One day I was telling my 4 year-old that I didn’t know if we could get another discovery kit because he had misplaced one of the pieces. Later, I expressed my concerns to my husband, and he thoughtfully said, “Well, he is 4. Maybe it’s just that the discovery kits require us to supervise them.”

Another option would be to stop borrowing the kits for now, but I see now that I would want to make sure my 4 year-old knew that it wouldn’t be his fault.

We have high expectations for responsibility, but developmental readiness must factor into those expectations.

“How do interactions foster agency?

I really like the question, “Can they tell that you trust them to learn?” It’s clear through his expression that even my 2 year-old can tell a lot about what I’m feeling about him and his choices. When I work to reassure him, especially when he’s trying new things, he grows in his confidence to act independently.

“What small action will you take to shift the culture in your class?”

Processing my thoughts through this inventory has been a great step for me today. As parents and teachers, we need to be honest but kind with ourselves in this process. Working with kids is messy, but as we work toward a stronger culture of agency, they will astonish us with what they are capable of!

featured image: DeathToTheStockPhoto

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No Secret Parent Business Either #TeacherMom

Ok, before you think my title means I’m advocating that we expose the Tooth Fairy & abolish bedtimes, let me clarify the phrase “no secret teacher business.” It’s a phrase I hear frequently from teachers like Taryn Bond-Clegg and Edna Sackson, mostly with regards to how we plan our precious time together. It’s about cultivating mutual trust and student ownership to show them they are capable of planning productive days.

So what are the applications here on the parent side of things?

Well, just a few weeks into summer break, I’ve found myself with frayed nerves under the constant onslaught of questions:

  • What’s next…?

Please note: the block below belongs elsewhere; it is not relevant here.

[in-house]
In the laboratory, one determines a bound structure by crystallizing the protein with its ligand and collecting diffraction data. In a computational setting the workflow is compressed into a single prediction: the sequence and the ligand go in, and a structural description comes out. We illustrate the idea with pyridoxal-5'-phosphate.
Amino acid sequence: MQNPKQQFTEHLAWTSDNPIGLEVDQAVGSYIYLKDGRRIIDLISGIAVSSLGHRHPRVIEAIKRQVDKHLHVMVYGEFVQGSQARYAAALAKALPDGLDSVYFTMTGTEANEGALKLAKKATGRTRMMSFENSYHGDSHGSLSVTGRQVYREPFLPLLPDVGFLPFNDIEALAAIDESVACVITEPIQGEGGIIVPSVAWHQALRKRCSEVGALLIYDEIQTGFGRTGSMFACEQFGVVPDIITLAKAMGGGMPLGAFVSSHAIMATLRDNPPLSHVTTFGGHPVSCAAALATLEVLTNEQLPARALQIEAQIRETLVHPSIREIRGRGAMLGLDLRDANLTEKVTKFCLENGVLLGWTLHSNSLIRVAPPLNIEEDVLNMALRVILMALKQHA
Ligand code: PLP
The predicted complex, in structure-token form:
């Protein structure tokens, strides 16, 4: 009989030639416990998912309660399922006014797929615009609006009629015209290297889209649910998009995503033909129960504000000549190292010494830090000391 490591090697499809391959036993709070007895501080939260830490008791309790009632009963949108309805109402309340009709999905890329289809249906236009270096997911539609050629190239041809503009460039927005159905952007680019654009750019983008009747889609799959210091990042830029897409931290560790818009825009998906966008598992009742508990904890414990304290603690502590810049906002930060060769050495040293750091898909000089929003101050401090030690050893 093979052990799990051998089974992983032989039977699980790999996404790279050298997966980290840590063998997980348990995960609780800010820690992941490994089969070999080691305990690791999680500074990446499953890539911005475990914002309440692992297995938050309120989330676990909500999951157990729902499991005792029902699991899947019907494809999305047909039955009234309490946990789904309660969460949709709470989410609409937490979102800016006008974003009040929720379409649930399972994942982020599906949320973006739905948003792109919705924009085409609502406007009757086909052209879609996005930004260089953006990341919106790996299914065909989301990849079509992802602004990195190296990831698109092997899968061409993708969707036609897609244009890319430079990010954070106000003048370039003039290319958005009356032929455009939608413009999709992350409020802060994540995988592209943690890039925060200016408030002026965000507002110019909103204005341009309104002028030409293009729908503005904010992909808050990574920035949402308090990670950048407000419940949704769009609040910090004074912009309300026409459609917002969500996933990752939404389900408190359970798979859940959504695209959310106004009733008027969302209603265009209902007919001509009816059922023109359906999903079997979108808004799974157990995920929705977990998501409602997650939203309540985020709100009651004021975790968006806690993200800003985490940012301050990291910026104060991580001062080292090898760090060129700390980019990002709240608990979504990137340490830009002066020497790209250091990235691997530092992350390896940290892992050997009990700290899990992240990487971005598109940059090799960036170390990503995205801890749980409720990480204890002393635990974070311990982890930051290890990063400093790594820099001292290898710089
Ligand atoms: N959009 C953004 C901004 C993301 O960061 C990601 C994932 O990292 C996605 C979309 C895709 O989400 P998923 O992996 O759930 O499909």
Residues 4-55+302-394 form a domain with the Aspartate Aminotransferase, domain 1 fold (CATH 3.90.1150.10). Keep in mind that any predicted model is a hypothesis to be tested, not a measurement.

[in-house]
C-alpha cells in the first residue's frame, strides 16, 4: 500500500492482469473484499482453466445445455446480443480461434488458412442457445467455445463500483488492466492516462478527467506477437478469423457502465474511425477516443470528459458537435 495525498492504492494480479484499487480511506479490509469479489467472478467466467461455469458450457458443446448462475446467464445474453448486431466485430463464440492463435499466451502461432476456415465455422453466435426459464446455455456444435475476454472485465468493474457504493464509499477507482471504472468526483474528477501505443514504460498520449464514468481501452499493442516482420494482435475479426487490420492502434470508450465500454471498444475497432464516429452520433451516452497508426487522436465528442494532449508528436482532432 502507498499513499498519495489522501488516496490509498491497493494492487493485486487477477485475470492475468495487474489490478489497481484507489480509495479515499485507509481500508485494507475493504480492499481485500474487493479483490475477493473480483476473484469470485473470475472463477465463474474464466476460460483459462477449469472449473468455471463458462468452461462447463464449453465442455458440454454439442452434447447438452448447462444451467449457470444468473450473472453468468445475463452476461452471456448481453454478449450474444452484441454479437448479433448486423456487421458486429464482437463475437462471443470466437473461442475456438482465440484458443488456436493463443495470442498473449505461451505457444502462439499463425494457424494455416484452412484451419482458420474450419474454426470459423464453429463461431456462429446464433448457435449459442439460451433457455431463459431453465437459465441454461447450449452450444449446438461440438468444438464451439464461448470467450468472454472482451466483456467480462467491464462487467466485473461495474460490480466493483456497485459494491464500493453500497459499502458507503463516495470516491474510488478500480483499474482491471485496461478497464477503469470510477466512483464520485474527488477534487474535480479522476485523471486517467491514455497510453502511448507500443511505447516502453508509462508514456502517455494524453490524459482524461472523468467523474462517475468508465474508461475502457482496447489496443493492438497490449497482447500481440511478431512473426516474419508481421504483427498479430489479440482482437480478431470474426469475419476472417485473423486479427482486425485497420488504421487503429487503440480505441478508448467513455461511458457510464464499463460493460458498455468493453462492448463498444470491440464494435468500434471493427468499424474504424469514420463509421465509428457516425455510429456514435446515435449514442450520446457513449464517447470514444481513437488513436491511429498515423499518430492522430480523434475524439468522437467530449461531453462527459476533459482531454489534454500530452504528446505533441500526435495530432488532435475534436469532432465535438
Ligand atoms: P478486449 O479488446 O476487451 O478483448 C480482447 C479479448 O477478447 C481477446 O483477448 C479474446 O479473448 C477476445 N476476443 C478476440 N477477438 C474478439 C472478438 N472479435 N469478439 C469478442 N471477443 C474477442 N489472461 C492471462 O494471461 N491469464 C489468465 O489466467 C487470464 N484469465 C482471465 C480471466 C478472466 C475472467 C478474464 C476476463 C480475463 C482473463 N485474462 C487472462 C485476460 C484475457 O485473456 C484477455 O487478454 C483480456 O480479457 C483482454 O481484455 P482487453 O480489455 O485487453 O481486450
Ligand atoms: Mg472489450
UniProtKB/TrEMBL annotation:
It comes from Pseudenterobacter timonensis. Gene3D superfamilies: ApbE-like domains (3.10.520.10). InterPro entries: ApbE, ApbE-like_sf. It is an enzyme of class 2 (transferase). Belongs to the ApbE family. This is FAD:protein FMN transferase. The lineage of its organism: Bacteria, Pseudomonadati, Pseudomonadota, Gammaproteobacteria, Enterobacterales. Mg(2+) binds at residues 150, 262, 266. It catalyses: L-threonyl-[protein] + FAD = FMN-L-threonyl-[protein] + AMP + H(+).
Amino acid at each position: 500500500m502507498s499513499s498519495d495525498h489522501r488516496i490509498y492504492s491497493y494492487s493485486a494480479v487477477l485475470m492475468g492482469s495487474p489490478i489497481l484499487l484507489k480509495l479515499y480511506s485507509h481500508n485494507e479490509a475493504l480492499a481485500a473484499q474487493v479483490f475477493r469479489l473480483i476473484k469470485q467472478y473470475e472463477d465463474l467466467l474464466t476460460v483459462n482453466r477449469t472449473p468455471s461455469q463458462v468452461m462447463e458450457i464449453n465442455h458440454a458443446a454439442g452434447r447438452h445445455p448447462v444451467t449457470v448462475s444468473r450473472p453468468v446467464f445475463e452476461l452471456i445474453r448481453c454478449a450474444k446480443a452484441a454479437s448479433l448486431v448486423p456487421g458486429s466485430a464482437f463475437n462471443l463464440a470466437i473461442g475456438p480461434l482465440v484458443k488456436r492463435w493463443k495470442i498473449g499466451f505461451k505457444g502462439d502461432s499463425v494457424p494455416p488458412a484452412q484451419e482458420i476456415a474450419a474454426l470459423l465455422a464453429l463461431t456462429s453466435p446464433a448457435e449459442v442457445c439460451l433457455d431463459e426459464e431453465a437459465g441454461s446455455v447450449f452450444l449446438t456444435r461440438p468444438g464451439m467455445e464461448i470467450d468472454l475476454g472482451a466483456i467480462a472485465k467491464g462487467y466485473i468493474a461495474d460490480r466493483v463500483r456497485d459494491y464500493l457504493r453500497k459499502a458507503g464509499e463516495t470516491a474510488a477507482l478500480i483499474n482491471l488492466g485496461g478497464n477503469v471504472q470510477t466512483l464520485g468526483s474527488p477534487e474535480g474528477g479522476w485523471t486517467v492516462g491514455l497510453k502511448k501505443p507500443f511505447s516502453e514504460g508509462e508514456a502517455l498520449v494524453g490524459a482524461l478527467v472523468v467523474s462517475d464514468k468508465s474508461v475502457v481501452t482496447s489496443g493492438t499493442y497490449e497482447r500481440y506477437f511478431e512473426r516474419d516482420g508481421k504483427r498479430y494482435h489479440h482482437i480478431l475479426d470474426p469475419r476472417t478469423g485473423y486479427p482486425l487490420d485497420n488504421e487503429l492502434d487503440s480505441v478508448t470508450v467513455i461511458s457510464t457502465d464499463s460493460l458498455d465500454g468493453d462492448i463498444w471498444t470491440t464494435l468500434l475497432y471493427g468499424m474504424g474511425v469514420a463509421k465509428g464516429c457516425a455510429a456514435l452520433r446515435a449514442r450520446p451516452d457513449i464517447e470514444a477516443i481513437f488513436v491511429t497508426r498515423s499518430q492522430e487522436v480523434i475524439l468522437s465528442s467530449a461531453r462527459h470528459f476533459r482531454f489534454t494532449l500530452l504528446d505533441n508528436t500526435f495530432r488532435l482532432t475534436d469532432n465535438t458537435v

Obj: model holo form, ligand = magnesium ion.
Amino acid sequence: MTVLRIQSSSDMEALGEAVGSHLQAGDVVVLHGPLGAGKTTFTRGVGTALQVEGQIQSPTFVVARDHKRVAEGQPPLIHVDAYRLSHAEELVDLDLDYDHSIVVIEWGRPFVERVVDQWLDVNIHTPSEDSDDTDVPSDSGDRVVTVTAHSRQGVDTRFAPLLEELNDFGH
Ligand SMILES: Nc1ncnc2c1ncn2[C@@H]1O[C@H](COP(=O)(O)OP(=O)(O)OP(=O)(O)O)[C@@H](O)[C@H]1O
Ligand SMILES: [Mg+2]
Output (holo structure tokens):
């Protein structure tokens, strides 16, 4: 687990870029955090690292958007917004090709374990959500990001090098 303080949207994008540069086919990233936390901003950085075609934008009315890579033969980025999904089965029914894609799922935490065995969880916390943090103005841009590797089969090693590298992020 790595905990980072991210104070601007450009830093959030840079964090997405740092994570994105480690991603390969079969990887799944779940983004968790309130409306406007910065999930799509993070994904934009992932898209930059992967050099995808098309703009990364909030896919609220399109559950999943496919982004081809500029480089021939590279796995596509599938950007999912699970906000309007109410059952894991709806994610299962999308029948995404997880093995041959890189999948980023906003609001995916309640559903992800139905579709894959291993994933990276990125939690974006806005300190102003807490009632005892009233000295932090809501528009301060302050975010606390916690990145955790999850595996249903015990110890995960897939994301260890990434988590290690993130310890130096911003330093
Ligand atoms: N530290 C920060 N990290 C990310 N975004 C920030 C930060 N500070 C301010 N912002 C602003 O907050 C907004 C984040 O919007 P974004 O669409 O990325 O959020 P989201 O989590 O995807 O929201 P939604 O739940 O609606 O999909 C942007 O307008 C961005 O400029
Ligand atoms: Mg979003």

• What time…?
  • How long…?
  • How soon…?
  • When can we…?

Fortunately, right before I lost my mind altogether, I realized that I already make a daily list of tasks and scheduled to-dos in advance in Google Keep.

Better still, I realized there’s a fantastic feature in which one can invite collaborators. I immediately knew I needed to share with my daughter; though I confess that initially it was less about shared ownership and more about preserving my sanity (though it turns out the latter is a happy byproduct!)

Here’s what I noticed when I started sharing “the plan:”

  • An immediate drop in the above-listed questions (phew!)
  • An immediate increase in thoughtful discussions about how we spend our time.
  • Greater independence since it turned out she preferred consulting the Google Keep list to find out what’s next, too.
  • The beginning of actual collaboration — she started helping me with some of my tasks, crossing off items she knew were complete, and even adding some of her own to-do’s!

Inviting kids in on the plan is truly a win-win. When they realize that we trust them to be in the know, they will show us they are capable of truly contributing to the way we plan our time. Together.

featured image: DeathToTheStockPhoto

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How To Get Good Grades

Success in school is often measured by the grades you get. For some of us, getting good grades is more than difficult–it seems like no matter how we try, we can’t follow through. With this list on getting good grades (that applies to all levels), maybe we can change that and get on the path to good grades…


Five steps to getting good grades

I. Get Organized

If you’re anything like any of us at HGU, we sometimes get caught up in the organization and forget to move past the step. We sometimes find ourselves lost in endless check-lists and to-dos that never get done. Don’t get us wrong, organization is important (hence why it’s on the list), but don’t get lost in it!